On the bone response to different implant textures. A 3D analysis of roughness, wavelength and surface pattern of experimental implants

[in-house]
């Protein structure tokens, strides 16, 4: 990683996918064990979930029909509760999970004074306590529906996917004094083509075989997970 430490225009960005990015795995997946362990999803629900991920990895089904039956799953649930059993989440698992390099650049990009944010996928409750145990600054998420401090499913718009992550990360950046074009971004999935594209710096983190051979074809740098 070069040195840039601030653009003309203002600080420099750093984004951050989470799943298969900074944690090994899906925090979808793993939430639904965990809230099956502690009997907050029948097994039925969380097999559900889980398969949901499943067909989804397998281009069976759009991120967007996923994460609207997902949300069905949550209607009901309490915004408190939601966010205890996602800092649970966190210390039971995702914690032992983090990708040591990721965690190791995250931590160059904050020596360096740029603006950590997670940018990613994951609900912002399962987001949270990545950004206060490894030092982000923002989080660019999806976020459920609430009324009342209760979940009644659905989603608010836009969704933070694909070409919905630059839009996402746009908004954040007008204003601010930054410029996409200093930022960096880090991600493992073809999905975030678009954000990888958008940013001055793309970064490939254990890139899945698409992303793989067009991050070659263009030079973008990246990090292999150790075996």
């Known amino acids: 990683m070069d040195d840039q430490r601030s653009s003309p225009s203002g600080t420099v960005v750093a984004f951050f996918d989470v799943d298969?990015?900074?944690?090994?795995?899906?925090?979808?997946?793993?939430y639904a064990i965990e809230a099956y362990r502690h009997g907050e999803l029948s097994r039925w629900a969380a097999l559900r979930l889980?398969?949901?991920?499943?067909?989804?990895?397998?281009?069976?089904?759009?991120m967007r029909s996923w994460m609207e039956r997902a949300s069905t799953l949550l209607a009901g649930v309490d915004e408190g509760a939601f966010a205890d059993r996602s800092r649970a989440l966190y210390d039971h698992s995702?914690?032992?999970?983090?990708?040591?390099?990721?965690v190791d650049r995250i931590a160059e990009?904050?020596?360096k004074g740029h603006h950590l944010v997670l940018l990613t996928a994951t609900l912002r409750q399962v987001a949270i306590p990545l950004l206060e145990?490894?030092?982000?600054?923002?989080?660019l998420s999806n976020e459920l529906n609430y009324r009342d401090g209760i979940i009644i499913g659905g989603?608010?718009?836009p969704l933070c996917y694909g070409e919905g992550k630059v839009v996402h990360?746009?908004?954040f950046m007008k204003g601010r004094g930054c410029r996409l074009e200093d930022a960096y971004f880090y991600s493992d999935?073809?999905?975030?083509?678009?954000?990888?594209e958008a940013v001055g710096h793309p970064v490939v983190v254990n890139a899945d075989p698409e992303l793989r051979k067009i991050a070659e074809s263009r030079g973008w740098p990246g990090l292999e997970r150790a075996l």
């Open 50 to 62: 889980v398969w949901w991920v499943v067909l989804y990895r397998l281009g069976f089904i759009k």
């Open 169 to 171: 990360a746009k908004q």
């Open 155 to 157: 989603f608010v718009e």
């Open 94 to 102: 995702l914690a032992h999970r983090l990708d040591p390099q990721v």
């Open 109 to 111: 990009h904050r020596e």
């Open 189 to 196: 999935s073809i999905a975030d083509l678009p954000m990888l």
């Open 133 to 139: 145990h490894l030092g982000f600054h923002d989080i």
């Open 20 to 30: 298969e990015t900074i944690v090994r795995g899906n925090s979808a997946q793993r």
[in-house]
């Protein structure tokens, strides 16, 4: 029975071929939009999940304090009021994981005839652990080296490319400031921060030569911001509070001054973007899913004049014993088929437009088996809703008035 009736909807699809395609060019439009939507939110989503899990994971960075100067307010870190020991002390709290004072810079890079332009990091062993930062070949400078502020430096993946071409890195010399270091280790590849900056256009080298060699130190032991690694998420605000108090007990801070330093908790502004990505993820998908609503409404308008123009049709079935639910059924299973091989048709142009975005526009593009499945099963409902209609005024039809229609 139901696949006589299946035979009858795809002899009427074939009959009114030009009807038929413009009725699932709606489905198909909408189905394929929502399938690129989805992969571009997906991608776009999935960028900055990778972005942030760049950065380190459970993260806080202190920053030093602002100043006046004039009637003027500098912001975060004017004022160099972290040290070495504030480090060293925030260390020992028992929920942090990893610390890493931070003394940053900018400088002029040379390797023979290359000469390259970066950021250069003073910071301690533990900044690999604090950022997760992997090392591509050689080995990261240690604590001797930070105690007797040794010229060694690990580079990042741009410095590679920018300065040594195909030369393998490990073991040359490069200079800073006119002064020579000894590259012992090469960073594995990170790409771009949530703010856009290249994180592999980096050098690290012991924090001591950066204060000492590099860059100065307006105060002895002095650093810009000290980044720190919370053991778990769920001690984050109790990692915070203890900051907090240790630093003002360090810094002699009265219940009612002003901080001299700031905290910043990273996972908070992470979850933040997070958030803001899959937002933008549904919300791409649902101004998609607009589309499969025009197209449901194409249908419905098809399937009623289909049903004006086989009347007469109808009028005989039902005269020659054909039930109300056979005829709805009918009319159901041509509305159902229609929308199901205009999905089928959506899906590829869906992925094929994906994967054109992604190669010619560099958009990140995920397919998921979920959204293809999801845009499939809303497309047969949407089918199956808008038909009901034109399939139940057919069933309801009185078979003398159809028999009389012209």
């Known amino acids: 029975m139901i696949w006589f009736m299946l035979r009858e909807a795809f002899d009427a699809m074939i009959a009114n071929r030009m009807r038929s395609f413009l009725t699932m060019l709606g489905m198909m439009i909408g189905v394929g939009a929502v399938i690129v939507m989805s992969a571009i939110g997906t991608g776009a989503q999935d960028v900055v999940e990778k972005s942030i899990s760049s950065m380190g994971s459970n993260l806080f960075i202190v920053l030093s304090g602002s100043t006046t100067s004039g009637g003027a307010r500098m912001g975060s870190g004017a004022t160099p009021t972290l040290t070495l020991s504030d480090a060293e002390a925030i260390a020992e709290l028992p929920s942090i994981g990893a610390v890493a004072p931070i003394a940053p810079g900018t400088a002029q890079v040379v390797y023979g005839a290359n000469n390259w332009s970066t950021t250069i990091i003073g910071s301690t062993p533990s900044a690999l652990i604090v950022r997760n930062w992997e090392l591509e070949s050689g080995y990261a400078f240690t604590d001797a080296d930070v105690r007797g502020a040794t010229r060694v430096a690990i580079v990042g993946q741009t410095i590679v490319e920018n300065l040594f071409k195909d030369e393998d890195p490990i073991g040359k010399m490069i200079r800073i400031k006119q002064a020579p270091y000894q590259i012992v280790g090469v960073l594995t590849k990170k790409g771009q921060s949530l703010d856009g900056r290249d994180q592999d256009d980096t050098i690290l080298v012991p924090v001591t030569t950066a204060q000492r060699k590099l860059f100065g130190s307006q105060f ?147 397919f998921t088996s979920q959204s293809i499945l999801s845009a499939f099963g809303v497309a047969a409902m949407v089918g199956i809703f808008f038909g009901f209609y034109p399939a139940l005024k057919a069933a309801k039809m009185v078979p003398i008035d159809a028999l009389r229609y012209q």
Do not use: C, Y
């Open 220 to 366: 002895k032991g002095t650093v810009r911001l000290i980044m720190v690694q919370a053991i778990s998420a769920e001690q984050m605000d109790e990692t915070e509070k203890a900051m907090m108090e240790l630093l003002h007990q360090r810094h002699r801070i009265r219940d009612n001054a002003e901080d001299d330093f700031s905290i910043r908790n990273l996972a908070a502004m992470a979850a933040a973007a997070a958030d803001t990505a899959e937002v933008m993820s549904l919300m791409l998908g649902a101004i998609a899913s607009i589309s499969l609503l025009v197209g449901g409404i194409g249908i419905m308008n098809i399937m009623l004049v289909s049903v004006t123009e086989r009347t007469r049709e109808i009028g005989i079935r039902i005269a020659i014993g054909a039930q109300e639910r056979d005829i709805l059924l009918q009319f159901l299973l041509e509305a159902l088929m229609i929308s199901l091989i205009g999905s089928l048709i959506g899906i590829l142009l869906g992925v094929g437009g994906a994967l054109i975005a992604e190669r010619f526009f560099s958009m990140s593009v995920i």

Abstract: PurposeThe purpose of the present thesis was to investigate the bone response to different isotropic, anisotropic and organised surface patterns.Material and methodsImplant surfaces have been modified with different techniques (abrasive blasting, turning, milling, photolithography or laser ablation). Turned implants were used as controls in all of the studies. The surface topographies have been characterised visually and numerically using instruments appropriate to the study (Mechanical Stylus Profilometer, Confocal Laser Scanning Profilometer and/or Atomic Force Microscopy).Five studies were undertaken using two implant designs; cylinders and screws. In studies I, IV and V a total of 160 commercially available threaded implants were used. In study II, 54 microimplants were used, and in study III 40 cylinders. All implants were produced from commercially pure (c. p.) titanium grade I or II. In total 27 human patients and 50 New Zealand White rabbits have been involved.After a healing period of 12 weeks the rabbits were sacrificed and the implants were evaluated with resonance frequency analysis (2 studies), peak removal torque (3 studies), pull-out (1 study) and histomorphometry. The human implants were evaluated with histomorphometry after a mean healing time of 6.3 months in the maxillae and 3.9 months in the mandibles.ResultsThe results indicate that the influence of waviness in the surface topography of implants is of less importance than the surface roughness. It also seems that an anisotropic surface is superior to an isotropic surface for bone response to an implant surface.ConclusionA blasted surface, which has a surface with no dominant pattern, seems to be preferable to an anisotropic surface or a surface with a chequered pattern.Increasing the average wavelength from 10 µm to approximately 40 µm did not improve implant incorporation in bone.

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